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INSIGHT: What lessons will be learned from Exuma diesel spill?

EXUMA after the diesel spill, left, and, right, after the clean-up effort began.

EXUMA after the diesel spill, left, and, right, after the clean-up effort began.

By MALCOLM STRACHAN

THE diesel spill at the Old Navy Base cove last week turned all eyes on Exuma – and once more brought the discussion about how well we are protecting our environment to the fore.

In many ways, it feels like it’s too soon to talk about everything surrounding the Exuma situation – we still need to know a lot more about how the spill happened, and what repercussions there will be for those involved.

It is encouraging, though, to see two things – first, the speed at which the clean-up has begun, and secondly, the seriousness with which the matter appears to be being treated.

Starting with the first of those, within two days, more than 80 percent of the spill had been removed, we are told, with no further spillage along to adjacent coves and bays. Some of that will have been the easy part of the clean-up where the fuel was still on the surface and hadn’t seeped into cracks or hard to clear places. But still, it shows that the clean-up operation was ready to swing into action, containing the pollution where it was and removing it swiftly.

It was also announced the cove with remain closed until August 10 as the clean-up continues – again encouraging as it shows the clean-up wasn’t just a swoop in for show and then move on. Hopefully, that date will be extended if needed to ensure a full clean-up – but there’s been no evidence so far the spill is being lightly treated.

Which brings us to the second point, the seriousness in which the government reacted.

Deputy Prime Minister Chester Cooper won a lot of praise after his announcement for swiftly travelling to the scene and taking charge.

He doesn’t seem to be in the mood to let anything slide with regard to the incident.

“Should there be penalties? Well, there was recklessness. In my view, there should be penalties,” he told the press.

“We were fortunate that it was contained but we have an obligation to ensure that sort of thing doesn’t keep happening; and the government, through all of its arms, is going to make sure that we manage this process a little bit better going forward in the future.”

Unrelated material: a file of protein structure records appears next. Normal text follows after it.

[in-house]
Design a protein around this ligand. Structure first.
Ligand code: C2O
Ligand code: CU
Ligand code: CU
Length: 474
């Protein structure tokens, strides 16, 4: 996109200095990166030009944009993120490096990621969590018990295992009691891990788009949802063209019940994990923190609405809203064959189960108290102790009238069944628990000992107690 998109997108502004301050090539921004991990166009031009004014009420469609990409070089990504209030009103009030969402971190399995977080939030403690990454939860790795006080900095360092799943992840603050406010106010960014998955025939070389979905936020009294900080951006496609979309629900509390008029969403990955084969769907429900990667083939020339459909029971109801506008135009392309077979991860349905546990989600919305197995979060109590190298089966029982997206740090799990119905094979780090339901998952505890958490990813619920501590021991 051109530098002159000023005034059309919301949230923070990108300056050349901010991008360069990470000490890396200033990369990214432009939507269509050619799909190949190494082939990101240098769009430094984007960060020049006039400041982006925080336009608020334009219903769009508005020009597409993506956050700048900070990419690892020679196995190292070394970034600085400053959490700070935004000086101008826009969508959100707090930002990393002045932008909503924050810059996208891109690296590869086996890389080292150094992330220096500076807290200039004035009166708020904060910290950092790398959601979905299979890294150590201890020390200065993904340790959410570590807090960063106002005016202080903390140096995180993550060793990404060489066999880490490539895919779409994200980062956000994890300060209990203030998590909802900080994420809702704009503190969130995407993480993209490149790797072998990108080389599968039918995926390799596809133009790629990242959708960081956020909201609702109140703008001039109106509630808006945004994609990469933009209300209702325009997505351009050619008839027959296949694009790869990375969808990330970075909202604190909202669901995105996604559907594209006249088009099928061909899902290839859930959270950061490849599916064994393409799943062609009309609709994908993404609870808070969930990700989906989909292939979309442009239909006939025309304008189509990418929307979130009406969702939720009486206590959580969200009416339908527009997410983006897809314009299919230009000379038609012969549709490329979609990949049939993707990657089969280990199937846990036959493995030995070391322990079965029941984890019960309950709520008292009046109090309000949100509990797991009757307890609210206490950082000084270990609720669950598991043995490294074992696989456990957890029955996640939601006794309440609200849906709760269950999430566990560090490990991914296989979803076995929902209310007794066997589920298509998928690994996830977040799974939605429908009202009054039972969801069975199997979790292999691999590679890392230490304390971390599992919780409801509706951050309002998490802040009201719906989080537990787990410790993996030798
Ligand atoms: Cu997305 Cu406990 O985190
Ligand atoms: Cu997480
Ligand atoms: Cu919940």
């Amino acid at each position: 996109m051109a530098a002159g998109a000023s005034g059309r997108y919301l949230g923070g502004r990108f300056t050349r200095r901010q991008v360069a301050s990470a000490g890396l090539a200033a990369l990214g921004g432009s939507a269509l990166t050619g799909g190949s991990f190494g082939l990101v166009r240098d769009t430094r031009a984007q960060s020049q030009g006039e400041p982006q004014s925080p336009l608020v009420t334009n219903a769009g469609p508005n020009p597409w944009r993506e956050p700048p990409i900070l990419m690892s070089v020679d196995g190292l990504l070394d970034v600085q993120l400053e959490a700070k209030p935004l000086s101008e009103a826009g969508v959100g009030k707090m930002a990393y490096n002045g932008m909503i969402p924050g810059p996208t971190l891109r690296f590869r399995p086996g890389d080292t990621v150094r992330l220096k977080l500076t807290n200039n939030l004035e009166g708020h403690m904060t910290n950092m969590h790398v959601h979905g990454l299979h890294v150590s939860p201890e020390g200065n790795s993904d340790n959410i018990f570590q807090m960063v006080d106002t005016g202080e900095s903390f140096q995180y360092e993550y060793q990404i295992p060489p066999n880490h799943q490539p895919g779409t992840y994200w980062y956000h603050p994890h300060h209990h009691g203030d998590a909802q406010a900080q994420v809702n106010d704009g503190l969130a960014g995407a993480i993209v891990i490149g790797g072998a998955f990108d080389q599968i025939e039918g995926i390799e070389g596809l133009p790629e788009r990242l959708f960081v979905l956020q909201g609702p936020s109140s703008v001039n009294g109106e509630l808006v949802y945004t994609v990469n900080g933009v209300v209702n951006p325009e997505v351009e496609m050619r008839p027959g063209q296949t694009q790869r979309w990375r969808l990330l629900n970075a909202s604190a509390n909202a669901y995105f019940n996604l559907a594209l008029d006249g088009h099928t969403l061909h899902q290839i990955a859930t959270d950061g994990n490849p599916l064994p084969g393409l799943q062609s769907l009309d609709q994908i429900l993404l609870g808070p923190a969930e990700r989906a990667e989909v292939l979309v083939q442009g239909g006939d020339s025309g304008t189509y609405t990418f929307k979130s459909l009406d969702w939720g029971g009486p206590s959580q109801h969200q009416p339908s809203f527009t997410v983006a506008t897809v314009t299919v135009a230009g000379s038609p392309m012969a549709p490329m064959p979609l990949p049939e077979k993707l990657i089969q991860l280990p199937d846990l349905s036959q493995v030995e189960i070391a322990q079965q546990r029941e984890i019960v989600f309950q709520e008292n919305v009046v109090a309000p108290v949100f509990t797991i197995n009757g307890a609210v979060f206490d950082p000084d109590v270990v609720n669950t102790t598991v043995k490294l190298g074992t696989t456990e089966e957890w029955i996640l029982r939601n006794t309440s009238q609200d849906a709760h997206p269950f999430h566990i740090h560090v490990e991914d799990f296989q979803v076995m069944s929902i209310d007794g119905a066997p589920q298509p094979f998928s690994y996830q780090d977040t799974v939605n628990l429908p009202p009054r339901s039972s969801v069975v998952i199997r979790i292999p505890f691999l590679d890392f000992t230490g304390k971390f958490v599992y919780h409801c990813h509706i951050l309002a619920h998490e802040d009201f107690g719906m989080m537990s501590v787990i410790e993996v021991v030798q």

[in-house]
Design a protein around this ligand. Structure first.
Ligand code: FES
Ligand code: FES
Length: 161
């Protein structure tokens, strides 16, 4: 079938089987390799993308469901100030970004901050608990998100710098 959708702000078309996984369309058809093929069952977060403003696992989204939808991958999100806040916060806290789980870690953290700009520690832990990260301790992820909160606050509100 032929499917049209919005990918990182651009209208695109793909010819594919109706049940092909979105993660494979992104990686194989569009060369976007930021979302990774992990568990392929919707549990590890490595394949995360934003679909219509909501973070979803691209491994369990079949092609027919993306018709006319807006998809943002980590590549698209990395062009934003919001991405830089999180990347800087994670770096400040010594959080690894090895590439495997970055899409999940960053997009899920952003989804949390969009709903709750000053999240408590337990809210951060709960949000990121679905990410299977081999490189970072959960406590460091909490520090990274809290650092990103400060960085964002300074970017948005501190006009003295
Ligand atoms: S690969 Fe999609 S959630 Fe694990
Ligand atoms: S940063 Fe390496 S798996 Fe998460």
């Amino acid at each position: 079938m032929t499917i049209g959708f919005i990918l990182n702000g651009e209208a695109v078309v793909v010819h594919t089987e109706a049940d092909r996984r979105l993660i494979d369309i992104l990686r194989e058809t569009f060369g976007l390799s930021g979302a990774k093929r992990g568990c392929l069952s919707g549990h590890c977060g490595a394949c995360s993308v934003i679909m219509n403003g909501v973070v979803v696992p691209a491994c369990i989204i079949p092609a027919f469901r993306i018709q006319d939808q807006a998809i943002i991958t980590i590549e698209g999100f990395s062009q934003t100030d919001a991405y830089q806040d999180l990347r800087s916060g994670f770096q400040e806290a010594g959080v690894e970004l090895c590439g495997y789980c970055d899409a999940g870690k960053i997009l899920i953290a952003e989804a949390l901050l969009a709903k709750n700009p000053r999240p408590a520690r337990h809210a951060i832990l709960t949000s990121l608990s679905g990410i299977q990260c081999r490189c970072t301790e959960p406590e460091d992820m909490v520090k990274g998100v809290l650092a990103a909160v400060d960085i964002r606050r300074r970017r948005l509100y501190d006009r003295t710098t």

How well the penalties currently place will discourage another such event is a different matter.

The problem happened when the MT Arabian was offloading fuel to Bahamas Power and Light. It was supposed to offload 115,000 gallons but 35,000 gallons was missing. Apparently, there was a breach in the hose that ran from the supply ship. Quite how 35,000 gallons could leak unnoticed when people said they could smell it from far away from the scene is a question for investigators. It sounds at the very least as if there was a lack of monitoring during the transfer.

Quite what the recklessness was that Mr Cooper refers to is something again that hopefully the investigation will show.

But the director of the Department of Environmental Planning and Protection, Dr Rhianna Neely-Murphy, in saying that the cove was “almost back to normal” said: “According to the legislation, there are options for just illegal discharge and then there are fines. Sun Oil and the companies involved would have to pay for any and all remediation activities that the government would have paid for up until this point and those moving into the future, so those will be court matters.”

What is that fine? Under the DEPP Act from 2019, it’s a maximum fine of $20,000. That amount of money and more has already been spent in dealing with the damage. That fine is tiny even in comparison with the cost of the lost fuel – Sun Oil general manager Clinton Rolle said on Wednesday that the fuel has a value of $4 per gallon, so about $140,000 worth into the sea.

How can we really take seriously our system of fines when the cost is so low to the polluter that it is outweighed by the lost fuel itself?

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Sir Franklyn Wilson

There was another concern that might have been lost in the mix during the spill – the chairman of FOCOL Holdings, Sir Franklyn Wilson, said Sun Oil was “investigating” whether the company contracted for the delivery had the necessary insurance. Shouldn’t that have been known before one drop of fuel was loaded onto the vessel? If I have a car crash, there’s no use in me checking if I’m insured after I run into another vehicle – you need to know that before you put the key in the ignition.

Surely as part of the hiring process, Sun Oil should have required the contractor to send a copy of the valid insurance certificate, which they would have on file the moment anything went wrong. For that matter, and this is something beyond my knowledge, is it Sun Oil that should have the insurance or the contractor they hire? These are matters that should be picked through in legal proceedings.

It is encouraging though that there is talk of such legal proceedings and of fines being applied. They may not be enough, but it doesn’t seem as if such obligations are being shirked.

Credit to Sun Oil for stepping up and putting resources in play to deal with the clean-up, and to pledge to “do whatever’s necessary to stop it happening again”.

We got lucky in many ways with this spill – with its location, with the tides, with the wind. We can’t trust to get lucky next time. If there are lessons to be learned, we must learn them. If there is recklessness involved, the penalties must be severe enough to discourage such a casual approach to handling a potential pollutant.